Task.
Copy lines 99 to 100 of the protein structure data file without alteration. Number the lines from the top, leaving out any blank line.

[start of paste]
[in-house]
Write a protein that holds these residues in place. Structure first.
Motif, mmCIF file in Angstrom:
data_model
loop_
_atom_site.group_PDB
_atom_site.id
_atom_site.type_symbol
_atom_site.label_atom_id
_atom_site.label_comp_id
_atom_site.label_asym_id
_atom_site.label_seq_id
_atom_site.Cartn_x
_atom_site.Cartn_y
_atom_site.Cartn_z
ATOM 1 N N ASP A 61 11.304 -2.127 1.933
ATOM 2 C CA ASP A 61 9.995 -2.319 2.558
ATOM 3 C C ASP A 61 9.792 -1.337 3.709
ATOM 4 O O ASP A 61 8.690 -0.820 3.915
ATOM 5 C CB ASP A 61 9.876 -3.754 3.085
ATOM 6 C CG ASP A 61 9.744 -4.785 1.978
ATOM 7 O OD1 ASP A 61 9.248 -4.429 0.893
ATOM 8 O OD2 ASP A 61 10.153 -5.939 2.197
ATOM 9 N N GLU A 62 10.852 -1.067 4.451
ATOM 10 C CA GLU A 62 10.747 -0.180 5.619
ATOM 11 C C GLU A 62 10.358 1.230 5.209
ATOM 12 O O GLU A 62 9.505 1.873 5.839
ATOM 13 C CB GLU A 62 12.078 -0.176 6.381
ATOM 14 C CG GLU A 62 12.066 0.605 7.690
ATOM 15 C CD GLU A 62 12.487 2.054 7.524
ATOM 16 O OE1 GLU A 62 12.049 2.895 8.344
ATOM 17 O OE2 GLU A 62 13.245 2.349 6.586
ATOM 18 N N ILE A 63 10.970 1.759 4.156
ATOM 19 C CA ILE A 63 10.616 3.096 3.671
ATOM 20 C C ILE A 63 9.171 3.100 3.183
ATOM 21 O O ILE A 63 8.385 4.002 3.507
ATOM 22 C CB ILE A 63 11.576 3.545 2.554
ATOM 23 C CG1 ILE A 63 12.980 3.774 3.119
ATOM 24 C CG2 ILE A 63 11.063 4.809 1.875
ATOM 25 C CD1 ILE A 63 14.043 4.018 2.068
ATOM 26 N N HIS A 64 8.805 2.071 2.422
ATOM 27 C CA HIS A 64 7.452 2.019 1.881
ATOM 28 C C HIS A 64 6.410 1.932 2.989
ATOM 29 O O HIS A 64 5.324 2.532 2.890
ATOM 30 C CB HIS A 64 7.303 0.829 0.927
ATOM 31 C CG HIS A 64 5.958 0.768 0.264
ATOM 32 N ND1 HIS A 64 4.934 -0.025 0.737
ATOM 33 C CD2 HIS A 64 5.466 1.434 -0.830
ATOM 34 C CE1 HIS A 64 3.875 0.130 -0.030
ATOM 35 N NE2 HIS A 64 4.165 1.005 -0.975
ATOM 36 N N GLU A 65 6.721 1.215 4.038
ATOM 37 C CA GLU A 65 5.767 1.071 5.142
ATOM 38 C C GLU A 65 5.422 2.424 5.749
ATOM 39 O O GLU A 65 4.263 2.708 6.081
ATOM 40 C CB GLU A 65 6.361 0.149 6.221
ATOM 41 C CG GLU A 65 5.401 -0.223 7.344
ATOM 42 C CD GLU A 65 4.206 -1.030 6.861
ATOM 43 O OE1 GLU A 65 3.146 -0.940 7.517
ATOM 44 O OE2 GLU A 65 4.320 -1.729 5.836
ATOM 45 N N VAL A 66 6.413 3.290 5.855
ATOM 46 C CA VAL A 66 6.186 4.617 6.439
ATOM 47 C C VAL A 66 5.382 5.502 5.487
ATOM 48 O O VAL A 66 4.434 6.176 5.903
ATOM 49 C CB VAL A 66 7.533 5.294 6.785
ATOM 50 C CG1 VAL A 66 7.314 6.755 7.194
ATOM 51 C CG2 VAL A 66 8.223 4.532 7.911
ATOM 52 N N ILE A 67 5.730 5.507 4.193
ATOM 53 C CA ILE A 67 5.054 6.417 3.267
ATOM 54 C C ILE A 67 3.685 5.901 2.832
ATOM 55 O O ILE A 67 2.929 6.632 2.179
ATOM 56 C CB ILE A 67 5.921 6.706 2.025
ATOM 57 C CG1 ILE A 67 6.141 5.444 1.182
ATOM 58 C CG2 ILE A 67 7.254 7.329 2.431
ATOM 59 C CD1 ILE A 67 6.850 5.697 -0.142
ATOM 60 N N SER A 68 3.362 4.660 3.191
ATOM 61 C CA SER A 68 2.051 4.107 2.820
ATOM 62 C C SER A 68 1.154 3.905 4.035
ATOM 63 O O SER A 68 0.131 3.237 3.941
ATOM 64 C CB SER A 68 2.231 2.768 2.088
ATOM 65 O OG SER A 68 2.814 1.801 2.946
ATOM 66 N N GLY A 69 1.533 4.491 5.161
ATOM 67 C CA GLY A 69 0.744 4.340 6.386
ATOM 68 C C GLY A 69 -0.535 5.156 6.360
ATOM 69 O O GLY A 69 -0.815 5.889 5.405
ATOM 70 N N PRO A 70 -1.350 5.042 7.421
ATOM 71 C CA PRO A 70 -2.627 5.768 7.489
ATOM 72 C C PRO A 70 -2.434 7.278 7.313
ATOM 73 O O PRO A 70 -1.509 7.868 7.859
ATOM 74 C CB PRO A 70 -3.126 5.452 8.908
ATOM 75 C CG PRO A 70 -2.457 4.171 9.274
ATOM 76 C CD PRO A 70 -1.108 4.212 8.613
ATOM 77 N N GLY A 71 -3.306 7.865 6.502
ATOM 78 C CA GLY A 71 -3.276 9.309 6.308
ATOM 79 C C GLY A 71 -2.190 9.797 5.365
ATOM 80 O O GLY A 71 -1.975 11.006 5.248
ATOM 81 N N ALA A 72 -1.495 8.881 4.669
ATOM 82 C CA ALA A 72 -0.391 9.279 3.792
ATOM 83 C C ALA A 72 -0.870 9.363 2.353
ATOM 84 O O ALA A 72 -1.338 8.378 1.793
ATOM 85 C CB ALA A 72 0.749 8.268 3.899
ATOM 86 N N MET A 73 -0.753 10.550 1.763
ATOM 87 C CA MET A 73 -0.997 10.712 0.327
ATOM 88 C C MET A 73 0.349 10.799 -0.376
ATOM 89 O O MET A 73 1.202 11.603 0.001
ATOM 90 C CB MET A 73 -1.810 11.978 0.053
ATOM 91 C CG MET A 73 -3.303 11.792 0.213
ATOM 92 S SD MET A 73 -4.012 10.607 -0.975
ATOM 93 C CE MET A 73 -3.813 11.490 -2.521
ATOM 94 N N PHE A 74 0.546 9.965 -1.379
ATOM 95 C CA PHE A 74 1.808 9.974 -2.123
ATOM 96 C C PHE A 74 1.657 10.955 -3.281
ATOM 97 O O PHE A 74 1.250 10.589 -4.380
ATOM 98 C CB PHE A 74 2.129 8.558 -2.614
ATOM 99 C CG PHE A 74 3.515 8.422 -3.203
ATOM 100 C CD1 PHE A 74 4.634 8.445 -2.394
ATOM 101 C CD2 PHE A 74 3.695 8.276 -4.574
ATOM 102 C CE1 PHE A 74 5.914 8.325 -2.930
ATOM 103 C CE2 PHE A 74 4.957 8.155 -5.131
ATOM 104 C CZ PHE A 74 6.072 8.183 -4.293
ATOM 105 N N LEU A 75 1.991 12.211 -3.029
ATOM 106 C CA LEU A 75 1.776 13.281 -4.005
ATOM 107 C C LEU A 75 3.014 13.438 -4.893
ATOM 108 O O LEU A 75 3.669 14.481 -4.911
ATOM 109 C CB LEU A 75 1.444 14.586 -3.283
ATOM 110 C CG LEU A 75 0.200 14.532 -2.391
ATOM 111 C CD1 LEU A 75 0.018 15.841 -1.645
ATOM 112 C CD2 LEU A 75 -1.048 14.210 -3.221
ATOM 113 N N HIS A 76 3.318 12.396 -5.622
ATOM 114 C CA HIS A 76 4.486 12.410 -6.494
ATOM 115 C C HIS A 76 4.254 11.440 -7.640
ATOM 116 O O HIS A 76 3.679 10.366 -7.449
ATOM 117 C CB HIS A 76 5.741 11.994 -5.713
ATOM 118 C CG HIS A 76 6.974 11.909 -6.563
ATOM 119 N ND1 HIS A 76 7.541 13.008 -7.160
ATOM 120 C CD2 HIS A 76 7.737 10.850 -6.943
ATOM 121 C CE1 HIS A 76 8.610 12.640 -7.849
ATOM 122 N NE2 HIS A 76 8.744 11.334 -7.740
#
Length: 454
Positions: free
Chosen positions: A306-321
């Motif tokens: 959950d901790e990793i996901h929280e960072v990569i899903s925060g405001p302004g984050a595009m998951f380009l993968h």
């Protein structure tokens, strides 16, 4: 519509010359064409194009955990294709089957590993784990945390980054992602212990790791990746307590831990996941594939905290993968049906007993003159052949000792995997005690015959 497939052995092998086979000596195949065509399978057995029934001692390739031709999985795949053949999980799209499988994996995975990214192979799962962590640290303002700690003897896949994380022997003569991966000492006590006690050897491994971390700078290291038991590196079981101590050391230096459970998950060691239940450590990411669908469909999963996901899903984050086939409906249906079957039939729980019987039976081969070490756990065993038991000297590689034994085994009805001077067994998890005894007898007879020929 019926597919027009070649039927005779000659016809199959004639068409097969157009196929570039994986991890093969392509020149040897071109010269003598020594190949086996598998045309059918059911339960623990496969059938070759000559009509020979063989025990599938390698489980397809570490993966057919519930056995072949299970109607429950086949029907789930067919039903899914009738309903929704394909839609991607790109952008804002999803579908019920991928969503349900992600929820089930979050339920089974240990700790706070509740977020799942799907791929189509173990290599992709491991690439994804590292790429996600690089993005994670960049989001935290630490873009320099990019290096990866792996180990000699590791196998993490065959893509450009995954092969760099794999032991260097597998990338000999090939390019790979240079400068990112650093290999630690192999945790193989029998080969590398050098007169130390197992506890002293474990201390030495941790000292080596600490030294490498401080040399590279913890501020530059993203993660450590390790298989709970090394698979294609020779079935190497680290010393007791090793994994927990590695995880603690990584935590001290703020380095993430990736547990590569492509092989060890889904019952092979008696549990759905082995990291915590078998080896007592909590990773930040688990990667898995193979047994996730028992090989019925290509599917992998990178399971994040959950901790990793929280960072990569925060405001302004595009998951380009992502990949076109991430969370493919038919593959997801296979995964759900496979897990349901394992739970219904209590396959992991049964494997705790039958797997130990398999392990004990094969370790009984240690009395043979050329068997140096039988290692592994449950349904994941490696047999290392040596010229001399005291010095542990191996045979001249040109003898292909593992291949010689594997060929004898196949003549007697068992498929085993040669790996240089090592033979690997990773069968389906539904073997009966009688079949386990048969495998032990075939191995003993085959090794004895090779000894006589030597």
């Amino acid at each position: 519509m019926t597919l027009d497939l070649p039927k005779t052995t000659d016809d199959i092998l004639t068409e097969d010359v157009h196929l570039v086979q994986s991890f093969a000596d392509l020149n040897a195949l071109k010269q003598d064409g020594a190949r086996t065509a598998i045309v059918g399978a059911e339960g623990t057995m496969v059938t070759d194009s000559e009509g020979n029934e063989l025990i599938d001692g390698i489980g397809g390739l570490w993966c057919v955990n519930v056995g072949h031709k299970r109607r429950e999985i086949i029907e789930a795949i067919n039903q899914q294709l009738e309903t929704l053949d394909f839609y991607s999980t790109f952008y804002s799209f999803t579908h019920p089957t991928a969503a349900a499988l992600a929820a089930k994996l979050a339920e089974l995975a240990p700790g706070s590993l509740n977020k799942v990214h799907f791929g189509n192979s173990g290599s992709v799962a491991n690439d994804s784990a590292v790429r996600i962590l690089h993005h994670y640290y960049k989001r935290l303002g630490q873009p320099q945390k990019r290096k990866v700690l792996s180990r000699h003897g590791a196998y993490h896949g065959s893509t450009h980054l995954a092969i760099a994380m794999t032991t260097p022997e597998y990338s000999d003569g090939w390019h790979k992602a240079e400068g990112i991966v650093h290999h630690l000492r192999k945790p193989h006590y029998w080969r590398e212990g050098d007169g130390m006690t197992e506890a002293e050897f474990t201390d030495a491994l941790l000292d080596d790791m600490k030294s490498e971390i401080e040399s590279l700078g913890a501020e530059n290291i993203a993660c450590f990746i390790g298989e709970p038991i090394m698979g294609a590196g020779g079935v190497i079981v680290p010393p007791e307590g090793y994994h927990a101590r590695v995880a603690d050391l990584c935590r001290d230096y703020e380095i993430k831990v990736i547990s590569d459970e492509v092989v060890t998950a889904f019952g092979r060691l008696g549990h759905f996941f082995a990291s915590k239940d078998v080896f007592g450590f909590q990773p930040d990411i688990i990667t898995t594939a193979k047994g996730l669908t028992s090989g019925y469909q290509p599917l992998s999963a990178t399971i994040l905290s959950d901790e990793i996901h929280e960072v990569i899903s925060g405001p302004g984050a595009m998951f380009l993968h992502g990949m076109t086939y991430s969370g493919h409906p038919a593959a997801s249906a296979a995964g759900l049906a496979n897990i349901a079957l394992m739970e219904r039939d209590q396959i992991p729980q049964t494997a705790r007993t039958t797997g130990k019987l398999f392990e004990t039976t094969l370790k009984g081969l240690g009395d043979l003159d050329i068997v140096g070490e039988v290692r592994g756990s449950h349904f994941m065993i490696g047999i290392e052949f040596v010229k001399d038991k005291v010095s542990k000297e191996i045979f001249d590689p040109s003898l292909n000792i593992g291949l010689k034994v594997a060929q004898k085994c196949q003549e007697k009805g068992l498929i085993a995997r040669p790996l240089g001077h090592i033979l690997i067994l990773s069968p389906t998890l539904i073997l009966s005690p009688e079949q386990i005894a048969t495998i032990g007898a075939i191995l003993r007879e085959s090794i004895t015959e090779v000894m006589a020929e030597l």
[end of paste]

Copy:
ATOM 84 O O ALA A 72 -1.338 8.378 1.793
ATOM 85 C CB ALA A 72 0.749 8.268 3.899